The prepreg mats are arranged into sheets of sufficient size (thickness) and are layered on top of one another. In one embodiment, the first plurality of prepreg mats and the second plurality of prepreg mats require a minimum of about 2 prepreg sheets, about 3 prepreg sheets, about 4 prepreg sheets, about 5 prepreg sheets and/or a maximum of about 10 prepreg sheets, about 8 prepreg sheets, about 7 prepreg sheets, about six prepreg sheets. When stacking the plurality of prepreg sheets care should be taken to prevent any folding of the sheets.

The prepreg sheets are sized to exceed recommended dimension by a minimum of 1 cm in length and width of the desired. Through experience it has been found that manufacture of a composite board of uniform thickness of a size greater than about 4 feet in length and two feet in width requires assembling pieces that are slightly oversized. Otherwise, the edges of the board may not be made with uniform thickness desirable in a building product.

In one embodiment, five sheets are stacked as described above and are subject to high pressure and temperature to cure. By way of example, the stack is hot pressed for 2-10 minutes at about 80° C. and a pressure of 0.5-1 MPa. Following a rest period of about 5 minutes, the stack is hot pressed for 5-15 minutes at 120-130° C. and a load of 2-10 MPa, followed by removal from the press. The resulting first and second sheets have the appearance of a solid piece of material and a thickness of about 5 mm.

Then, the outer perimeter is cut to the desired size. The first and second sheets are connected via a corrugated member.

A corrugated member includes in one embodiment a fluted member. It may include in another embodiment, a plurality of strips that are adhered to one another periodically and pulled apart in an accordion like fashion forming a pattern such as a honeycomb pattern. The corrugated member also includes lightweight fillers and foams that can be bound to one layer or sandwiched between two layers. In another embodiment, the corrugation comprises a plurality of periodically and or systematically spaced apart dowel pins or spacers.

Preferably, the corrugated member is biodegradable, non-toxic, earth friendly and from a renewable source. In one embodiment, the corrugated member is made of expanded fillers made from puffed grains such as wheat, rice and corn. In another embodiment, the corrugated members are paper products that are formed of fluted members.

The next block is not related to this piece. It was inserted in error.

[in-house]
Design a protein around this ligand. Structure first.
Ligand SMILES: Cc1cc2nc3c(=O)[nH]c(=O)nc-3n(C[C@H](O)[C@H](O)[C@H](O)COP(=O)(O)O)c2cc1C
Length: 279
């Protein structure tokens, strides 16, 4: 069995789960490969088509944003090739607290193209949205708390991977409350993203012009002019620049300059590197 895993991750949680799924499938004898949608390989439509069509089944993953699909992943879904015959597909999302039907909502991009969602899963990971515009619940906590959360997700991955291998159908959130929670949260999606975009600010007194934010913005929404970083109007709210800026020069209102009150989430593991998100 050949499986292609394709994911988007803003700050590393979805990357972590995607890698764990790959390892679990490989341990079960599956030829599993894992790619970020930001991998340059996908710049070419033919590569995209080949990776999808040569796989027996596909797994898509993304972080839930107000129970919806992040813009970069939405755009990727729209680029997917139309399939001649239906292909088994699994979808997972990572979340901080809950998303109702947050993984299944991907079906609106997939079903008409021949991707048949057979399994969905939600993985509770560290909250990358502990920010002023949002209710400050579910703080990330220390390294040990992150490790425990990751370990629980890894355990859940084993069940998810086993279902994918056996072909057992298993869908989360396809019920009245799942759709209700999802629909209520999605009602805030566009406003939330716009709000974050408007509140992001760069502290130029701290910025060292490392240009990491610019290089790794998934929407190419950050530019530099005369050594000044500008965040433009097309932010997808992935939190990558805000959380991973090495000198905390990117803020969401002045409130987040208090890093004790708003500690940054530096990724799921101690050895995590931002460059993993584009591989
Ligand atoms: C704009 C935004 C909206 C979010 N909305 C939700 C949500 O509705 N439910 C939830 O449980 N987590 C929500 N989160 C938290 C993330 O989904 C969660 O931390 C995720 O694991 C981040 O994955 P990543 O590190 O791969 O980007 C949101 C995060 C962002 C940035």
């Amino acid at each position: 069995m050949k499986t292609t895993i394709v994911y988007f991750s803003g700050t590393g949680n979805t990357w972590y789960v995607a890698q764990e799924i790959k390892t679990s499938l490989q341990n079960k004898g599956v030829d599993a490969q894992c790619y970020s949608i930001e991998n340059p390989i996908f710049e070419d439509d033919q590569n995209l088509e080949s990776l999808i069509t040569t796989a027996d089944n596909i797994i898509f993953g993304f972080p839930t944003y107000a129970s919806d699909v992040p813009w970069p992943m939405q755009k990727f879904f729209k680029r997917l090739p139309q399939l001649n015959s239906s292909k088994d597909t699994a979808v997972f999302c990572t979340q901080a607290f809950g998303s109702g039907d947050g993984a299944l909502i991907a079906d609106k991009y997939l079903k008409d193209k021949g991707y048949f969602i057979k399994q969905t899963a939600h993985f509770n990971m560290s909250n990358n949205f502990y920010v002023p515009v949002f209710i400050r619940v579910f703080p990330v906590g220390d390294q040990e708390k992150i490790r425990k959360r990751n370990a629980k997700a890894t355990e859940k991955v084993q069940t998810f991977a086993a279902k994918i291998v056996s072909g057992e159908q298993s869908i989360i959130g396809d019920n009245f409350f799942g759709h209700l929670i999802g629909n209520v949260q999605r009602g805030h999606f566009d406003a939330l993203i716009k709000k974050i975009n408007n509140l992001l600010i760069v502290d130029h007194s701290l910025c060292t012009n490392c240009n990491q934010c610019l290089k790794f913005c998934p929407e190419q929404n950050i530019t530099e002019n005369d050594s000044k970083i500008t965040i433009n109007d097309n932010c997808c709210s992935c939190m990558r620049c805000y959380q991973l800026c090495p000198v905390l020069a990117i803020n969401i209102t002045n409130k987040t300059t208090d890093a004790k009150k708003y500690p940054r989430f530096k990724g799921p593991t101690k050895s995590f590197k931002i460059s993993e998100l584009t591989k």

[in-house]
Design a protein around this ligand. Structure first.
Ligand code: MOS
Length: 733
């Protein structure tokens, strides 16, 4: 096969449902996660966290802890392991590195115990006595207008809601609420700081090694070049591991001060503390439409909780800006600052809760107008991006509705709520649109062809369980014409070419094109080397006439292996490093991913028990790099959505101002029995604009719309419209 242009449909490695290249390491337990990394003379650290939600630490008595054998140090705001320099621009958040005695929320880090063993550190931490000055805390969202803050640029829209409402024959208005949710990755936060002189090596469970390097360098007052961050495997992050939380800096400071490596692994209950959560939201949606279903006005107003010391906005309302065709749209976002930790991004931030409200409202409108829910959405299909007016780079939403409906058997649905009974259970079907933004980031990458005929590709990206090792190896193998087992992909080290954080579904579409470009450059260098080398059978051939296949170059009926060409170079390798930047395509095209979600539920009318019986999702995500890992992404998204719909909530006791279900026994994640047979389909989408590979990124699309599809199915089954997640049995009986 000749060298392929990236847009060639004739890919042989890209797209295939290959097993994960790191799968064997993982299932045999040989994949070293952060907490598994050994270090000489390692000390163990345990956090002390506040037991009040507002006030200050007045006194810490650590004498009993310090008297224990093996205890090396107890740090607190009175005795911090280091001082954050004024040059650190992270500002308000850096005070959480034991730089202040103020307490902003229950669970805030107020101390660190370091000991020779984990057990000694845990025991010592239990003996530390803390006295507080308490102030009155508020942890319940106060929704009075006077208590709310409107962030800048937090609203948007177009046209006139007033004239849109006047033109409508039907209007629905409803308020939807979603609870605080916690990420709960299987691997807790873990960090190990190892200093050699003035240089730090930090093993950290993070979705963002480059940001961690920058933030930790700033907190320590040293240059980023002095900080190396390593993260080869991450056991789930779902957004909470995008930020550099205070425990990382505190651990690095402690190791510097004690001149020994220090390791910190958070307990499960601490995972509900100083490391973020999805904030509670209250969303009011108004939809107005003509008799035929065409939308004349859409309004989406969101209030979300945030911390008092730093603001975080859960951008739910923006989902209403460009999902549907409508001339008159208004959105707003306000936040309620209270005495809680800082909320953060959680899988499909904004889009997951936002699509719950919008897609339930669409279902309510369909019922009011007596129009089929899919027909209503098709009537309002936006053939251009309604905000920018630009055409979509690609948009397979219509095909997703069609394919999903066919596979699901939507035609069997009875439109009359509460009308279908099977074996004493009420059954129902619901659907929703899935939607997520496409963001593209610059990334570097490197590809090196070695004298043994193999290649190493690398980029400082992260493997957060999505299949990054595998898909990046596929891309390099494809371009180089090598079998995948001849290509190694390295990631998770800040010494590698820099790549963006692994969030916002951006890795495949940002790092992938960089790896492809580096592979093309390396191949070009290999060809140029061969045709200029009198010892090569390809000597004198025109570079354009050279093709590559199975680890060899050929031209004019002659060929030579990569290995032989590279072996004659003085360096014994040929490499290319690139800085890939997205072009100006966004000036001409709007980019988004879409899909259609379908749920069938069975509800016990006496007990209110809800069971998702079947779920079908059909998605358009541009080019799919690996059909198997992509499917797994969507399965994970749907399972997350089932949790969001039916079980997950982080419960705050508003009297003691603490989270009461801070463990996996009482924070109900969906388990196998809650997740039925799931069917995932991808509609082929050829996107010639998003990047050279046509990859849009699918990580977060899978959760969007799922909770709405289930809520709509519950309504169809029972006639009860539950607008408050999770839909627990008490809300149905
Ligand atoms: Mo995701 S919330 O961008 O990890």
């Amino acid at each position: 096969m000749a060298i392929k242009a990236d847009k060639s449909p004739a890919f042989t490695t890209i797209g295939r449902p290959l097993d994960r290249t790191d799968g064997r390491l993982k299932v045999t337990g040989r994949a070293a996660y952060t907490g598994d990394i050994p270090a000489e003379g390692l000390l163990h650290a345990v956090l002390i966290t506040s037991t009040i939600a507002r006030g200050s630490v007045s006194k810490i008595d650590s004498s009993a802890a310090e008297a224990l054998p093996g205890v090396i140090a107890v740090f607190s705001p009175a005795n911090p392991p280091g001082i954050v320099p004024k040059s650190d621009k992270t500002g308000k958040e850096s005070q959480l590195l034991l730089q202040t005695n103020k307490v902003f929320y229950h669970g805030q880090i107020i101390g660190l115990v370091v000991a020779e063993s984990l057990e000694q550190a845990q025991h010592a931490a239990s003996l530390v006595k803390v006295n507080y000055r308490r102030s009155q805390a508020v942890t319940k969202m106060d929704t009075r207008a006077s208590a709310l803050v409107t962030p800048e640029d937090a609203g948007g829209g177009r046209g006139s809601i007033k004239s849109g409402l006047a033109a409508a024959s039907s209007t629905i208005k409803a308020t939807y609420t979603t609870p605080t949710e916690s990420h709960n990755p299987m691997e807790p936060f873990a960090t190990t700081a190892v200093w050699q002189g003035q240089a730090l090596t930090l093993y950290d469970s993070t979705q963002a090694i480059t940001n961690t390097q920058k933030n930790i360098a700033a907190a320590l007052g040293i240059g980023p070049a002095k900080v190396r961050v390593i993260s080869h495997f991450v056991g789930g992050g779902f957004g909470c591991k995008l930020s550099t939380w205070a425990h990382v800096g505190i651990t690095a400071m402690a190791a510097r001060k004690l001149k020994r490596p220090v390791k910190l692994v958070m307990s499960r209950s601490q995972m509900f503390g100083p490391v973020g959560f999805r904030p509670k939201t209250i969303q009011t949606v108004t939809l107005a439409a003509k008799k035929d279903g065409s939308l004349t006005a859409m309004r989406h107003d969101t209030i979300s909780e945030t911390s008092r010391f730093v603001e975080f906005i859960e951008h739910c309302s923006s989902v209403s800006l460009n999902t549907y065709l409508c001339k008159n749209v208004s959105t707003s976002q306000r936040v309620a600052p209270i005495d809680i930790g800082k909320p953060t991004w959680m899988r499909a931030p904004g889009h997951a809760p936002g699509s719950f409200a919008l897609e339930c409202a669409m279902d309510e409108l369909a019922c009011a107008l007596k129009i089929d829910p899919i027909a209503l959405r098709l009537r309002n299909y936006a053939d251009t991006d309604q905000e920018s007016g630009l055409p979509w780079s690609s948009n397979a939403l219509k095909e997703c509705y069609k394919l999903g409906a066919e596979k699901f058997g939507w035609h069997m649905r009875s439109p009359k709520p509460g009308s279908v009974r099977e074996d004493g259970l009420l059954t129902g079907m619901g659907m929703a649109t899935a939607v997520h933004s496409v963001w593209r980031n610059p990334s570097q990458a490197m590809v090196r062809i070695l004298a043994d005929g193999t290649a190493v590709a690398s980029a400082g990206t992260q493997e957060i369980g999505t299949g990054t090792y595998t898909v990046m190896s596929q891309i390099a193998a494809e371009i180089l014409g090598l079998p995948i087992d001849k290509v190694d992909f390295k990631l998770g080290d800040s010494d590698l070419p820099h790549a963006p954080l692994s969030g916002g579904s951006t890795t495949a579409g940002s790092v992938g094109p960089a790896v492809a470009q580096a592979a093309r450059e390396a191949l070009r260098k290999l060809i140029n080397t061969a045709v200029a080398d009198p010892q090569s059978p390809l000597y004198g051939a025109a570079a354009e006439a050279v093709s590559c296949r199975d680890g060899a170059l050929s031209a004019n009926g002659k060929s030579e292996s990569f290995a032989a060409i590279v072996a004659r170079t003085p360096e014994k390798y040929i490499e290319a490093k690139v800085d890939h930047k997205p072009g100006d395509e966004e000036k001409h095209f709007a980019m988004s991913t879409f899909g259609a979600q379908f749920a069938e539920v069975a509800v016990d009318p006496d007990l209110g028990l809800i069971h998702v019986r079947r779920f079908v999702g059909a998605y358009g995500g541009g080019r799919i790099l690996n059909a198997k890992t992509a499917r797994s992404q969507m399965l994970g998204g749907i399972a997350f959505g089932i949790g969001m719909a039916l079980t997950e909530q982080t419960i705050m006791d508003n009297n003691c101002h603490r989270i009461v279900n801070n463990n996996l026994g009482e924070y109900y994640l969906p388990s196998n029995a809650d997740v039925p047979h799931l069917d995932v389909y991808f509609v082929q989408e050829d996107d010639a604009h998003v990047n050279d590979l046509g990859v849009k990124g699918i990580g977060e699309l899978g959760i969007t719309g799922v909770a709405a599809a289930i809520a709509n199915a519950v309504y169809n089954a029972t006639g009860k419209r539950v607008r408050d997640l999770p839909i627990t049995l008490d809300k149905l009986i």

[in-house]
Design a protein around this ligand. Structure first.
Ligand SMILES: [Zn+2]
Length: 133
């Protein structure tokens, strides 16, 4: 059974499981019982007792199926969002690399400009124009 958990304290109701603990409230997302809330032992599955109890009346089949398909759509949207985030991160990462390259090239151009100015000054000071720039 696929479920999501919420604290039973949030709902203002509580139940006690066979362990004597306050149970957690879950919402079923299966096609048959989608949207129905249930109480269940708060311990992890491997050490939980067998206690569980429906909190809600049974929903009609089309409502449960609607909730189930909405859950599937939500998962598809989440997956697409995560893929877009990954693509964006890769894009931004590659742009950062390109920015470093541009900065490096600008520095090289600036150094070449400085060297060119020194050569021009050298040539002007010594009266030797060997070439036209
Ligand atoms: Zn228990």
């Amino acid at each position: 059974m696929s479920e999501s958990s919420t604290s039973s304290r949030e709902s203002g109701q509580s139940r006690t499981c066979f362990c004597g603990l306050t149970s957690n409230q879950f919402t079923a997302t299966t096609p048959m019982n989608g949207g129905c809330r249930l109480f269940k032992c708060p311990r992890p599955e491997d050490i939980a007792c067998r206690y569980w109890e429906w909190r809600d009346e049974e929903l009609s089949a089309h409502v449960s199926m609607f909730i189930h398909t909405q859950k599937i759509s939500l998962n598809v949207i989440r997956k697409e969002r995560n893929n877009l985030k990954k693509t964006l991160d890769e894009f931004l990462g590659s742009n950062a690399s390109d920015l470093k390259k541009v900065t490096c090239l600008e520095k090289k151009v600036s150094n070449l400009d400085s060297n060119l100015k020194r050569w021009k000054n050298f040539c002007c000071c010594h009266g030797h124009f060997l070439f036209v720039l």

In one embodiment, the corrugated member is a soy protein composite that is pressed into a corrugated member. In another embodiment, the corrugated member is biodegradable composite, paper, cardboard, with sheet thickness that is a minimum of about 0.5 mm, about 0.7 mm, about 1 mm, about 2 mm and a maximum of about 5 mm, about 3 mm, about 2 mm or about 1 mm. The flute width of one embodiment is a minimum of about 2 mm, about 5 mm, or about 10 mm and/or a maximum of about 40 mm, about 30 mm, about 20 mm, about 17 mm, about 15 mm, about 12 mm, about 10 mm. The shapes of the flute can be varied. In one embodiment, the corrugated member has flutes that are angular, square, sinusoidal or variations on these shapes. In another embodiment, the heights can also be varied as desired. In addition the shape of the flutes can be three-dimensional, e.g. the shape can be waffle-like.

The corrugated members may be formed using a conventional thermoforming molding process, using apparatus described in U.S. patents classified in class 425, subclasses 369 (apparatus wherein reshaping means creates accordion-like pleats or wrinkles or the like in a preform by distorting a section thereof transverse to its axis into a plurality of reversing curves) and 336 (apparatus comprising means for shaping an advancing length of work into ridges and grooves).

In one embodiment of the present invention, one or two surfaces of the corrugated board is laminated with a veneer. The veneer can improve appearance as well as water resistant properties of the corrugated board. The veneer of one embodiment is a wood veneer, or printed paper veneer. The veneer may be laminated or coated to produce a waterproof finish. The coating of one preferred embodiment incorporates a natural whey ingredient to improve its earth friendly properties according to formulas known in the art. In another embodiment, the coating is not a biodegradable coating. For example polyurethane or epoxide coatings are used to cover the surface of the corrugated board. In another embodiment, formica is the laminated outer layer. While it is understood that non-biodegradable materials are less desirable from a ecological standpoint, the use of petroleum products on the outer layers is often worthwhile for furniture or other objects to produce a long-lasting durable product where the bulk of that product is made from renewable and biodegradable materials.